On Monday, October 3, 2011, Microsoft not only held its annual SharePoint conference in Anaheim, CA, it also added a new Microsoft Certified Architect credential on this technology platform to its existing collection of such certifications. Thus, SharePoint now takes its place alongside Microsoft Exchange, SQL Server, and Windows Server Active Directory as a critical technology for the company and its legions of customers.
Brett Geoffrey writes in detail about the new program on Microsoft's The Master Blog in a post entitled "Announcing MCA for Microsoft SharePoint Server 2010... and our very first SharePoint MCAs!" In the words of this posting "...this new certification is intended to recognize and validate the expertise of the highest-achieving SharePoint architects."
At this same event, Microsoft also announced the names of the first two individuals to attain this pinnacle certification: Spence Harbar, an enterprise architect who runs his own consulting firm (harbar.net), and Kimmo Forss, and architect who works for Microsoft Consulting Services, who specializes in cloud-based SharePoint implementations and teaches the SharePoint MCM program curriculum.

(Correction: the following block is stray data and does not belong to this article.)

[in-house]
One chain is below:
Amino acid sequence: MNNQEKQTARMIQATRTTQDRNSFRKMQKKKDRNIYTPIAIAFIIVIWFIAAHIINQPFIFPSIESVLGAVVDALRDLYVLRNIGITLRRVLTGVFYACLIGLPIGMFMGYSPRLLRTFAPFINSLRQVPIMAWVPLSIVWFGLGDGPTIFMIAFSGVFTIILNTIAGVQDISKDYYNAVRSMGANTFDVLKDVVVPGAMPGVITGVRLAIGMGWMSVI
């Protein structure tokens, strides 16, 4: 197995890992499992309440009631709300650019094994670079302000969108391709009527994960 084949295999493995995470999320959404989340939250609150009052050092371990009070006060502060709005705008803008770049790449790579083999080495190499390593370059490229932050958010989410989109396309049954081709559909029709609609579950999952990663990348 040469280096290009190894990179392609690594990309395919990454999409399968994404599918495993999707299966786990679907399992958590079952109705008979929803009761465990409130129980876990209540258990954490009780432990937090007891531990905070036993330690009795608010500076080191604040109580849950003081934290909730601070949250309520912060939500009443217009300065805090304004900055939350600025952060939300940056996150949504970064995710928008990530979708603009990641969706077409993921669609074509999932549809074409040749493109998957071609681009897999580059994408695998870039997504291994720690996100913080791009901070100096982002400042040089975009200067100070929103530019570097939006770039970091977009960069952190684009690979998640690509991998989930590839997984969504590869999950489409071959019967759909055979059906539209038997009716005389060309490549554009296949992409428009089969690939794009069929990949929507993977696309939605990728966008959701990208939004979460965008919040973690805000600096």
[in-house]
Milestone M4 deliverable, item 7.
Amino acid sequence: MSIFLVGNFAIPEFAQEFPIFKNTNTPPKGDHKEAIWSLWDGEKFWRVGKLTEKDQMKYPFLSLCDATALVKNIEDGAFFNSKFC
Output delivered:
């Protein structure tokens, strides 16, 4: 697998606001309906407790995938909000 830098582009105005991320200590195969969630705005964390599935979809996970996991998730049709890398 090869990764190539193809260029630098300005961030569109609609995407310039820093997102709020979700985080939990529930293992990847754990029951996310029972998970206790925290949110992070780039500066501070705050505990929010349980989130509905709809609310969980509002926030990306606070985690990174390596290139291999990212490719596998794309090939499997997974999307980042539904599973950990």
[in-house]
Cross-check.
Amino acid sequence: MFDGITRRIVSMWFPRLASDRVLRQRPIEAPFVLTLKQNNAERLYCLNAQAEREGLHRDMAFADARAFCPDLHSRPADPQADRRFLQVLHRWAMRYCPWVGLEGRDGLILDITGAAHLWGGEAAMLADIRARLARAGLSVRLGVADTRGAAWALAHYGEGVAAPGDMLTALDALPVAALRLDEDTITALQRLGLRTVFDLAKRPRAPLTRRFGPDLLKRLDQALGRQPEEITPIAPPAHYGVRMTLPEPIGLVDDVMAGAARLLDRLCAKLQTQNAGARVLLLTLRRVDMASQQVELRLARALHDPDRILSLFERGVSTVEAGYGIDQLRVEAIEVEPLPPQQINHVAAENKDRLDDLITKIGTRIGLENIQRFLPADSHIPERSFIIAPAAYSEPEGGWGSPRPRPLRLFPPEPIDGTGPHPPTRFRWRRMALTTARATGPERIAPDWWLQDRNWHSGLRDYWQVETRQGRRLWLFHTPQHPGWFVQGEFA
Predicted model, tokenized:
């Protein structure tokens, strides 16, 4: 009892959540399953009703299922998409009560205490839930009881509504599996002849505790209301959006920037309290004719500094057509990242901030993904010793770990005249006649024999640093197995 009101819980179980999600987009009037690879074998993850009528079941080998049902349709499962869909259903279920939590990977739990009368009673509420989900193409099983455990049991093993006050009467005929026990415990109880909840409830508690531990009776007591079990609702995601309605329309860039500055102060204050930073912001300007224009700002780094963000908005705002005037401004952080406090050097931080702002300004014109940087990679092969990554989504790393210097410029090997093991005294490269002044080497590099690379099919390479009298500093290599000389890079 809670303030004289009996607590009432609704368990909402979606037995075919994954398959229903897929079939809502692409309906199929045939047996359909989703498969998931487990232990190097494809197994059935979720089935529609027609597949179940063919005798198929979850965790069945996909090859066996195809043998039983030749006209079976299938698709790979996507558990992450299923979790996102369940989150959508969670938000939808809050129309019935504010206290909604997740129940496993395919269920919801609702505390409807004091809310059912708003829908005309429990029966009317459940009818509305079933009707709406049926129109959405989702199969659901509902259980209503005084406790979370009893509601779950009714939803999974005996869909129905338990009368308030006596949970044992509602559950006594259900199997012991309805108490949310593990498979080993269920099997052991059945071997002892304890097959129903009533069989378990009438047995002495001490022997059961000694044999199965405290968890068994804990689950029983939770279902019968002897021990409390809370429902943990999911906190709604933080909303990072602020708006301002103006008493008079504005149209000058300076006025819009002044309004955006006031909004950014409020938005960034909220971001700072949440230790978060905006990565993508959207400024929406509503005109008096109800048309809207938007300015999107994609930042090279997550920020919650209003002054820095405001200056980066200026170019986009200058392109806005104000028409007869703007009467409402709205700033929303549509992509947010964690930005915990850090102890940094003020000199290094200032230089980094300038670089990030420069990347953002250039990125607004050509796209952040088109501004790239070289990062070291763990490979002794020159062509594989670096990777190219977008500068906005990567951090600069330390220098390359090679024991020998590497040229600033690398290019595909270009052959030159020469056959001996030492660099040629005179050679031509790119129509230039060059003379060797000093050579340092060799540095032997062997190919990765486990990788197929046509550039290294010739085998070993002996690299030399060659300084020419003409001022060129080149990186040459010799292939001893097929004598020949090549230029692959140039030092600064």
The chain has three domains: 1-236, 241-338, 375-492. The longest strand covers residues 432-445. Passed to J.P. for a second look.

Another interesting development for the MCM program--besides Microsoft finally adopting the three-letter MCA acronym for this credential--is what what company calls its "...revised and restructured review board process, which applies across all of the MCA certifications," which emphasizes the distinction between the value of technology-specific architect credentials (like the MCA) and technology-agnostic certifications (like the IASAglobal.org's role-based architect certifications for enterprise, software, infrastructure, information, and business professionals).
Here's how Microsoft explains its revised review board process:
What’s different about the review board process? We’ve revised the scoring criteria based specifically on product-specific MCA certifications, and we’ve added technology/workload-specific supplemental scoring criteria for each product. The grading process and methods have been revised, as well as the portfolio review and approval processes. A new case study process replaces the former role-playing exercises, and there is a case study for each product.
For more information see the MCA Review Board Process Overview Web page.